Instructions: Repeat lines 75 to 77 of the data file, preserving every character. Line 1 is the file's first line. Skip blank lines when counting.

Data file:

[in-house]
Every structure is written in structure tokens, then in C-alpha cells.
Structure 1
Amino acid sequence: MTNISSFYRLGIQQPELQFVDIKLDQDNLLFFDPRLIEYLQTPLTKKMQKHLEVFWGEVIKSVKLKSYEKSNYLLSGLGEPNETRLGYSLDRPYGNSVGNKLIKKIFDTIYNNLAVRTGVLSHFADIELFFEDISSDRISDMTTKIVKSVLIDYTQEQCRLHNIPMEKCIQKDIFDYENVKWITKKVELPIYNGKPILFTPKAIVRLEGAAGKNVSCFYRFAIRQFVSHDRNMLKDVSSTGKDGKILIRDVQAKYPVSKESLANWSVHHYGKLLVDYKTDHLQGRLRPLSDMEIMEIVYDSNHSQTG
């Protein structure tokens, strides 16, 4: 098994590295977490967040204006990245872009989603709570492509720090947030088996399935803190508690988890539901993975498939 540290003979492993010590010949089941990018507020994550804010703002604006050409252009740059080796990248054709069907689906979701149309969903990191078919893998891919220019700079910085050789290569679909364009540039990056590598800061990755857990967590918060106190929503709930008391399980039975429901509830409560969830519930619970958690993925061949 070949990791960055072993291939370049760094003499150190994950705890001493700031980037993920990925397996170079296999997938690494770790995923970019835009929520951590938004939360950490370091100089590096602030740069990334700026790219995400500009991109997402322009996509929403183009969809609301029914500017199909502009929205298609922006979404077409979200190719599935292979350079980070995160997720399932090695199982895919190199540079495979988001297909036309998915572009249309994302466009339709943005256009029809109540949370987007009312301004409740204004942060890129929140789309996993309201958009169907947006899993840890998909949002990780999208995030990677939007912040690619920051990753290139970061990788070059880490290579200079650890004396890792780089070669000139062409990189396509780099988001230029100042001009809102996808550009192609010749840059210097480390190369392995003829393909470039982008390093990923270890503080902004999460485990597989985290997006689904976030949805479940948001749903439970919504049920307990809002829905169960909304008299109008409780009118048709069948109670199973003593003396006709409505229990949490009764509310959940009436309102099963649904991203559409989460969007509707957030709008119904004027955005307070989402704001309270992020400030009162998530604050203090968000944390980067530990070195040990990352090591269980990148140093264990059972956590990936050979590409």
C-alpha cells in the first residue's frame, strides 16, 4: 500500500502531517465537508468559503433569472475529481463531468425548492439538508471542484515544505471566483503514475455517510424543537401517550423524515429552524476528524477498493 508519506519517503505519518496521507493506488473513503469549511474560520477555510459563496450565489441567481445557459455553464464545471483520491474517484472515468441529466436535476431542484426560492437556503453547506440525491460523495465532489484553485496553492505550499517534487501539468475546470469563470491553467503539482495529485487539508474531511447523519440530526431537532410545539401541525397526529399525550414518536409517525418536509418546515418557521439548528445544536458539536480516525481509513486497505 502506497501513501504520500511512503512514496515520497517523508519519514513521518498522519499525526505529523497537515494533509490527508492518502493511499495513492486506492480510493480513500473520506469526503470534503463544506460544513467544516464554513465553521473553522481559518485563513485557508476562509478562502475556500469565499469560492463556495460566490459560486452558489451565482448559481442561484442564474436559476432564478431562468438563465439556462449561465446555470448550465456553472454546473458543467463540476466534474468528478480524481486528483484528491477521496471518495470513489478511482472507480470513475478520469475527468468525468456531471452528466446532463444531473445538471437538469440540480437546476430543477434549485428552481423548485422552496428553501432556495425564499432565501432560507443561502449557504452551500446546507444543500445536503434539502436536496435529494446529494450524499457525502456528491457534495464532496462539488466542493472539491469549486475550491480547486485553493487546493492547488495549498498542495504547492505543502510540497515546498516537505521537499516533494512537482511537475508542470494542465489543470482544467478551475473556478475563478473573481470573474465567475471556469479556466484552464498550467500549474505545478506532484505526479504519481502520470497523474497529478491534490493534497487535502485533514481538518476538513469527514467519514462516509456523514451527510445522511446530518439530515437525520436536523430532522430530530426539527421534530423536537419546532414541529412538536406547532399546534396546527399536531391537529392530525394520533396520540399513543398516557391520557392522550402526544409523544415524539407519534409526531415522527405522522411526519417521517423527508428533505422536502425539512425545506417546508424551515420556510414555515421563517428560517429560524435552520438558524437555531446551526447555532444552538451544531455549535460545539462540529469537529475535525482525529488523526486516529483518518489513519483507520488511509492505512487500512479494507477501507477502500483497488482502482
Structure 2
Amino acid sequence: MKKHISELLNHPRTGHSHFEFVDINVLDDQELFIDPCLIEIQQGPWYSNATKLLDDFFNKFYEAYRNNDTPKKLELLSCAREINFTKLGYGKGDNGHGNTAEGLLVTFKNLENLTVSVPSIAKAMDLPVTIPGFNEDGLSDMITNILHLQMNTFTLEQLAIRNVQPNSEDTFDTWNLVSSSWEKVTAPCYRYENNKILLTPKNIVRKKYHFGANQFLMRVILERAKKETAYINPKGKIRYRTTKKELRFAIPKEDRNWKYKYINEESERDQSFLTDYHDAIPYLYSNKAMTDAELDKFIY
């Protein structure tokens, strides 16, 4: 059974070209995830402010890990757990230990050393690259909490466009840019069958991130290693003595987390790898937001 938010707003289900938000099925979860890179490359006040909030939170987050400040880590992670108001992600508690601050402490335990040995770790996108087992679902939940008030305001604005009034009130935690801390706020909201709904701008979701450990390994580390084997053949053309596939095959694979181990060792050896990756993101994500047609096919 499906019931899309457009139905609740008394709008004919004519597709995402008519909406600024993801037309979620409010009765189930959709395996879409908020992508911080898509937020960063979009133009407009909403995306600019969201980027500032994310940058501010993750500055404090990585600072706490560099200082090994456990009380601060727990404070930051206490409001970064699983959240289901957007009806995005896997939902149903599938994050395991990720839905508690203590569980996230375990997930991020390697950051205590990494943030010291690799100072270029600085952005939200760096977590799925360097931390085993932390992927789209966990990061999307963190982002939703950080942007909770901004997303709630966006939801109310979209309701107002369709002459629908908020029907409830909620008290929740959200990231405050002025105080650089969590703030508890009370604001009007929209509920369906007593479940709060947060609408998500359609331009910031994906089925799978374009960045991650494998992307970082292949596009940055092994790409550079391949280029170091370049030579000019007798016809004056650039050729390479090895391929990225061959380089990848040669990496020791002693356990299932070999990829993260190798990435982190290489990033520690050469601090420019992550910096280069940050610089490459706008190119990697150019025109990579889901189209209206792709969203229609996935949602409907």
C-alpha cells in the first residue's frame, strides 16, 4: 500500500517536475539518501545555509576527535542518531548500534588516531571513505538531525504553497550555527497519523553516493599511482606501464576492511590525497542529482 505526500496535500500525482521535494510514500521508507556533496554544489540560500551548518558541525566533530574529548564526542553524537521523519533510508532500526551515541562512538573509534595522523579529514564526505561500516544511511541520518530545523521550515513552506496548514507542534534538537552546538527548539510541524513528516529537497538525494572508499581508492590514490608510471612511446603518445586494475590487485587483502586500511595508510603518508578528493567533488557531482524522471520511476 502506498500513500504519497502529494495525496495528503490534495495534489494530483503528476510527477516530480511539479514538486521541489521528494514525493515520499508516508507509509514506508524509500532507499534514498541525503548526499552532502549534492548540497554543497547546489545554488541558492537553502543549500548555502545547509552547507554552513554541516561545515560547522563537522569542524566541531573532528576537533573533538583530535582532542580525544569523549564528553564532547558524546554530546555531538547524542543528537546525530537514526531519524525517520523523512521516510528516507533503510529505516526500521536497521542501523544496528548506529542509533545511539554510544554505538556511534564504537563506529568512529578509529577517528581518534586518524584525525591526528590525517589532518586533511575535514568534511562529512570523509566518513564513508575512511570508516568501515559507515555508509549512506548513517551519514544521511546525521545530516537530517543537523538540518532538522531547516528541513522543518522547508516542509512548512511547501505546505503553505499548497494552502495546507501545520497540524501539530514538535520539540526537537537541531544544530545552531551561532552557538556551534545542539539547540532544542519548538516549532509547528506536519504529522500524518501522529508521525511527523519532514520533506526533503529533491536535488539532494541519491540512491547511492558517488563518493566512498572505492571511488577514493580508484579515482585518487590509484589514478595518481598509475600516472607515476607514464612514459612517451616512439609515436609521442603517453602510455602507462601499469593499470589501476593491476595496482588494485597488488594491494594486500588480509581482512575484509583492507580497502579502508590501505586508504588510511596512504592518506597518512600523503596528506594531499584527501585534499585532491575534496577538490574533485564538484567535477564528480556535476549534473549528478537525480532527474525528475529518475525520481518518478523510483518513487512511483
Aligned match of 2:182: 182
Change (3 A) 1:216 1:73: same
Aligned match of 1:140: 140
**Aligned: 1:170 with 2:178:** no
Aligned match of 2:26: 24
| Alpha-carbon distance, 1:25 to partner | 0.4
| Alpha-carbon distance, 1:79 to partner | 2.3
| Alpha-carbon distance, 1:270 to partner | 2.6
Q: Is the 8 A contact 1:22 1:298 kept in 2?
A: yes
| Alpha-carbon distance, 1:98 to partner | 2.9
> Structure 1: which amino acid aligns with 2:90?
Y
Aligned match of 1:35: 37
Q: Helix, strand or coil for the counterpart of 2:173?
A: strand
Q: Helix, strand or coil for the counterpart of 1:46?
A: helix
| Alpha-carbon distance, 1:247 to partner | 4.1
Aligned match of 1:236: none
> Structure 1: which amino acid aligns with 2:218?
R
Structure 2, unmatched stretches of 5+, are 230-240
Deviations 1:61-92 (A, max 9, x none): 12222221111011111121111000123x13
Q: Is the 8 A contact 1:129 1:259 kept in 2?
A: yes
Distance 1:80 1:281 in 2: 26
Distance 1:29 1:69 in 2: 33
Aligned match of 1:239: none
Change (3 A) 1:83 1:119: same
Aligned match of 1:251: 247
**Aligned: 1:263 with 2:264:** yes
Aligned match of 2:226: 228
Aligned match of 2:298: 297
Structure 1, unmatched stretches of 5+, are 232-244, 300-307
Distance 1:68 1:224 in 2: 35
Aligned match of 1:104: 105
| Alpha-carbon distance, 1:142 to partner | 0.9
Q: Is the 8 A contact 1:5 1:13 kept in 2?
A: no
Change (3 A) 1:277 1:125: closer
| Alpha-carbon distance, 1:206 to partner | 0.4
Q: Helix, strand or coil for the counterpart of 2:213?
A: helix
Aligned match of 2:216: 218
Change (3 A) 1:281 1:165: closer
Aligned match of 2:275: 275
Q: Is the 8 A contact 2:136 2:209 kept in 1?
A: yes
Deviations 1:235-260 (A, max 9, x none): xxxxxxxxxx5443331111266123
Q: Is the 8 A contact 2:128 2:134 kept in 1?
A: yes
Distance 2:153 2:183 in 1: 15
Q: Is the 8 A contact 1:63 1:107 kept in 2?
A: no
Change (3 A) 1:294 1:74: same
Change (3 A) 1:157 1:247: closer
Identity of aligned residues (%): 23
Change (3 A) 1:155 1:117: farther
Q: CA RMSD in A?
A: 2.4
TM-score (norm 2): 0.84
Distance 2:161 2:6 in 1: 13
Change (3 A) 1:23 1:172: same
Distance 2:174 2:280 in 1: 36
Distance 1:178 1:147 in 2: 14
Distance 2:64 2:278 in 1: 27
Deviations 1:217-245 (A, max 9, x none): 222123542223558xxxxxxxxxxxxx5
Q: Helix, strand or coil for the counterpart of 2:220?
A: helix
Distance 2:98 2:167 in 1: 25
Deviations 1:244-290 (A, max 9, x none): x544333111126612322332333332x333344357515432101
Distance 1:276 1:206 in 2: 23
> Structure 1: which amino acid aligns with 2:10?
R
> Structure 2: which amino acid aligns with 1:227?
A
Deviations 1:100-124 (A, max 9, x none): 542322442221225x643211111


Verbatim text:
Distance 2:174 2:280 in 1: 36
Distance 1:178 1:147 in 2: 14
Distance 2:64 2:278 in 1: 27